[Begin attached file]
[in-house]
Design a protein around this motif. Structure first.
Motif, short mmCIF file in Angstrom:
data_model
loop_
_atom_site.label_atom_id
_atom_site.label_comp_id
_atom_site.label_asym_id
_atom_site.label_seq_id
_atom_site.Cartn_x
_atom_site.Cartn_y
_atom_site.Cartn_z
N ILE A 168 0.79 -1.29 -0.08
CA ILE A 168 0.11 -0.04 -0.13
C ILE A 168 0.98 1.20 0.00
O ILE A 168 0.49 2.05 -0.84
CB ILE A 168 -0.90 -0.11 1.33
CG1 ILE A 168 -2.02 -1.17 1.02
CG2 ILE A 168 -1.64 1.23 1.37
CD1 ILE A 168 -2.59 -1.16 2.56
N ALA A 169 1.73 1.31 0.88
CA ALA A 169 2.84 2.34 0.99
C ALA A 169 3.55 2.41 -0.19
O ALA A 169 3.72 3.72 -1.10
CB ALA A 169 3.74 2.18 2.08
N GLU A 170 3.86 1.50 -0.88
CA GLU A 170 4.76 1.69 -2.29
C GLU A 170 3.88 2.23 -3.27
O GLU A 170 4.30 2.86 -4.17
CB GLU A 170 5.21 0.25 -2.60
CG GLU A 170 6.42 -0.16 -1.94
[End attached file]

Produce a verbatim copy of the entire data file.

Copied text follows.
[in-house]
Design a protein around this motif. Structure first.
Motif, short mmCIF file in Angstrom:
data_model
loop_
_atom_site.label_atom_id
_atom_site.label_comp_id
_atom_site.label_asym_id
_atom_site.label_seq_id
_atom_site.Cartn_x
_atom_site.Cartn_y
_atom_site.Cartn_z
N ILE A 168 0.79 -1.29 -0.08
CA ILE A 168 0.11 -0.04 -0.13
C ILE A 168 0.98 1.20 0.00
O ILE A 168 0.49 2.05 -0.84
CB ILE A 168 -0.90 -0.11 1.33
CG1 ILE A 168 -2.02 -1.17 1.02
CG2 ILE A 168 -1.64 1.23 1.37
CD1 ILE A 168 -2.59 -1.16 2.56
N ALA A 169 1.73 1.31 0.88
CA ALA A 169 2.84 2.34 0.99
C ALA A 169 3.55 2.41 -0.19
O ALA A 169 3.72 3.72 -1.10
CB ALA A 169 3.74 2.18 2.08
N GLU A 170 3.86 1.50 -0.88
CA GLU A 170 4.76 1.69 -2.29
C GLU A 170 3.88 2.23 -3.27
O GLU A 170 4.30 2.86 -4.17
CB GLU A 170 5.21 0.25 -2.60
CG GLU A 170 6.42 -0.16 -1.94